UK house prices leapt unexpectedly in December, rising by 1.7% from the previous month to push the annual increase to 4%, according to Halifax data.
Combined with November’s rise of 1.2% month on month, the Halifax index recorded a 2.9% gain across the last two months of 2019, the strongest result since February 2018.
Against the backdrop of a bitterly fought general election campaign and concerns that the outcome may leave the UK’s relationship with the EU uncertain, house
buyers remained confident enough about the property market to bid up prices.
A poll of City economists by Reuters had expected the survey to show a 0.2% decline month on month to reflect the more downbeat trend shown by most surveys over the last year.
But a combination of high levels of employment, strong wage rises, low inflation, low interest rates and, most significantly, at the end of the year a sharp decline in the number of properties for sale, meant that the demand for homes outstripped supply.
Russell Galley, the managing director at Halifax, said the rise compared with an especially weak figure for prices growth in December 2018.
“Looking ahead, we expect uncertainty in the economy to ease somewhat in 2020, which should see transaction volumes increase and further price growth made possible by an improvement in households’ real incomes,” he said.
The official house price index produced by the Office for National Statistics has yet to reflect a pick-up in prices captured by the Halifax survey. The most recent ONS figure for the year to October showed average prices increased by just 0.7%, the lowest growth since September 2012.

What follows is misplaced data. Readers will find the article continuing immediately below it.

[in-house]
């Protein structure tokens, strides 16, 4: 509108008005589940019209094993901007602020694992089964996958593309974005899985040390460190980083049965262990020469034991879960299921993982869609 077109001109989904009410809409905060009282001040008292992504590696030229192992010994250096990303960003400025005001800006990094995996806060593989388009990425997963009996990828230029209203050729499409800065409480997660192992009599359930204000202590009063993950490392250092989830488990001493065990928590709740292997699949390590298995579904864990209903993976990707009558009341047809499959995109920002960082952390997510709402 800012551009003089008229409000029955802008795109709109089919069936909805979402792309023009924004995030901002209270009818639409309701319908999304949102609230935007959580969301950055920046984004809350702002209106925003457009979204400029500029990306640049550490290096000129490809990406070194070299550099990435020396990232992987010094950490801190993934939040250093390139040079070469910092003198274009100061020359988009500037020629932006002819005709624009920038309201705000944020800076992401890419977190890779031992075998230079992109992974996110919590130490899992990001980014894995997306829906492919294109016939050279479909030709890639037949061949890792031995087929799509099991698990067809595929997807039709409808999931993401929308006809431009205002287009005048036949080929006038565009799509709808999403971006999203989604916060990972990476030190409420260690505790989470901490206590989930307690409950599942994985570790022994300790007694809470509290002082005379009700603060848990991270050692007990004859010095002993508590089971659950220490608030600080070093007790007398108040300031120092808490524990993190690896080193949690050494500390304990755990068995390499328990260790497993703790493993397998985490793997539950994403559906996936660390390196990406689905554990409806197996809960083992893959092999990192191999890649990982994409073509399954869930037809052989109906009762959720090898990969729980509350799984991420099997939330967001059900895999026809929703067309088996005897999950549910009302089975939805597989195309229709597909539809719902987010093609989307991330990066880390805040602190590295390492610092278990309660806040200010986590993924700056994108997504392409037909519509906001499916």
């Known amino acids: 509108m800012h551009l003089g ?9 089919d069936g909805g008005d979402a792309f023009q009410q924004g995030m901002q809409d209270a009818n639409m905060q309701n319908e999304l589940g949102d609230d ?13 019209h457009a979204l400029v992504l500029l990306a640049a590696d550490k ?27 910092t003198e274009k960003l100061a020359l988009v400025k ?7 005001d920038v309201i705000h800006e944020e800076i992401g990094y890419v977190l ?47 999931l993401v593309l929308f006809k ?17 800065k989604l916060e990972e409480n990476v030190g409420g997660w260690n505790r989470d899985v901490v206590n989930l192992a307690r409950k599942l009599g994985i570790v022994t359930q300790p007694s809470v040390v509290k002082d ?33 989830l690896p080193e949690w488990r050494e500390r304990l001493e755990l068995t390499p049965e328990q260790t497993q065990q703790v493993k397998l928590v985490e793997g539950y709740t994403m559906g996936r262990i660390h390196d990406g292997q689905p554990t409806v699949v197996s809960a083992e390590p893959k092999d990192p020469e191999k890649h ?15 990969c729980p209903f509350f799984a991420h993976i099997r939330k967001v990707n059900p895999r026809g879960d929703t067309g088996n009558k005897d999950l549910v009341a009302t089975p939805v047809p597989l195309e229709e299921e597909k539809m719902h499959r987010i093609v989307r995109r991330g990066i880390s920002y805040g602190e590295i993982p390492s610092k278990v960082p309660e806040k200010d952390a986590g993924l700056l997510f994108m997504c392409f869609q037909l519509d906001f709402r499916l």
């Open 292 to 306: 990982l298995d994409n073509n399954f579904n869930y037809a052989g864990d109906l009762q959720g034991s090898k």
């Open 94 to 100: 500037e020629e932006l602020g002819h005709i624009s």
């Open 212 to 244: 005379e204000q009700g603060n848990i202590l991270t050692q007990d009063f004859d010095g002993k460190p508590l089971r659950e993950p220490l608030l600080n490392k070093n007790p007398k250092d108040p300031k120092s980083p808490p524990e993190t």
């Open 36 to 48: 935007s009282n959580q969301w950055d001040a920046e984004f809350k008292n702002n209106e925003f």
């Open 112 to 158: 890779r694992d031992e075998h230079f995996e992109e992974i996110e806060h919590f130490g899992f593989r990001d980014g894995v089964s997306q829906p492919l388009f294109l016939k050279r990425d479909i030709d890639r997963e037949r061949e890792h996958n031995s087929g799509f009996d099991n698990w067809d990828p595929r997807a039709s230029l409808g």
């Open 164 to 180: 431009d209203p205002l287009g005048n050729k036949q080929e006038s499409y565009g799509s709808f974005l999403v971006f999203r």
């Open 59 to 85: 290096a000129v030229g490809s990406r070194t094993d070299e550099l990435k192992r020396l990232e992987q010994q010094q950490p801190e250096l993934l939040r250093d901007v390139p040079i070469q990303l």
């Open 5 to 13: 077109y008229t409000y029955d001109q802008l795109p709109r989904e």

The ONS said the average price of a home was £233,000 compared with the Halifax’s figure of £238,963.
Hansen Lu, a property economist at the consultancy Capital Economics, said: “This latest surge in the Halifax index has certainly come as a surprise. One theory is that stronger price gains signal a Boris bounce.
“The electoral polling was largely one-sided by early December, so some buyers may have decided to push through transactions by accepting higher prices, ahead of what they expected to be tighter housing market conditions after a Conservative win.”
He said there were good reasons to be skeptical about this view. “The other house price indices show a more modest picture for December. For a start, Nationwide recorded a 0.1% month-on-month rise in prices. Admittedly, Rightmove’s measure of asking prices recorded a 0.9% gain, but prices had fallen across October and November, so annual growth was sluggish, at 0.8%.
“At the very least, even if house price growth did accelerate at the end of 2019, the Halifax index seems to be overstating this gain.”
Like most analysts, Lu said any acceleration in house price growth was unlikely to be sustained.
“After all, prices are still very high relative to incomes and interest rates are close to their floor – so the fundamentals leave little room for a sustained surge in house prices. Indeed, we expect house price growth to end 2020 and 2021 at below 2% per year,” he said.